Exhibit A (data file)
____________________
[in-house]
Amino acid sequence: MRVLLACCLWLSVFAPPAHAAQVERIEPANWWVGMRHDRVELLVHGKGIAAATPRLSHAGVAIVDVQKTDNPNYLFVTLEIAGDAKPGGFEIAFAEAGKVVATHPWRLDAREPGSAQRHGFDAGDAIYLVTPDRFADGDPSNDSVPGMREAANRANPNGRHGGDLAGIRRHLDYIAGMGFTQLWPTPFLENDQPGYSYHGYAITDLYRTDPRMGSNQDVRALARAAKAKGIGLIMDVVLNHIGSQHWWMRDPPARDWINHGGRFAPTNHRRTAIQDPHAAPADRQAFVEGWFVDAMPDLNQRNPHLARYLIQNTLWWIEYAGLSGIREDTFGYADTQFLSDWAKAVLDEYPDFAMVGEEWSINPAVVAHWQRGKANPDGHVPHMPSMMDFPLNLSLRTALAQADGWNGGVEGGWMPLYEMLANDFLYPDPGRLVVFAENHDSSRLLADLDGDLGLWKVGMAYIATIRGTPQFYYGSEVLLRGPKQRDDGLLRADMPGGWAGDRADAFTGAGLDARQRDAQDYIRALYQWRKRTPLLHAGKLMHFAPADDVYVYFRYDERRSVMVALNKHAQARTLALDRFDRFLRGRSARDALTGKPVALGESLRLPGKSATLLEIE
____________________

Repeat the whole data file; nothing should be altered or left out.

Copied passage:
[in-house]
Amino acid sequence: MRVLLACCLWLSVFAPPAHAAQVERIEPANWWVGMRHDRVELLVHGKGIAAATPRLSHAGVAIVDVQKTDNPNYLFVTLEIAGDAKPGGFEIAFAEAGKVVATHPWRLDAREPGSAQRHGFDAGDAIYLVTPDRFADGDPSNDSVPGMREAANRANPNGRHGGDLAGIRRHLDYIAGMGFTQLWPTPFLENDQPGYSYHGYAITDLYRTDPRMGSNQDVRALARAAKAKGIGLIMDVVLNHIGSQHWWMRDPPARDWINHGGRFAPTNHRRTAIQDPHAAPADRQAFVEGWFVDAMPDLNQRNPHLARYLIQNTLWWIEYAGLSGIREDTFGYADTQFLSDWAKAVLDEYPDFAMVGEEWSINPAVVAHWQRGKANPDGHVPHMPSMMDFPLNLSLRTALAQADGWNGGVEGGWMPLYEMLANDFLYPDPGRLVVFAENHDSSRLLADLDGDLGLWKVGMAYIATIRGTPQFYYGSEVLLRGPKQRDDGLLRADMPGGWAGDRADAFTGAGLDARQRDAQDYIRALYQWRKRTPLLHAGKLMHFAPADDVYVYFRYDERRSVMVALNKHAQARTLALDRFDRFLRGRSARDALTGKPVALGESLRLPGKSATLLEIE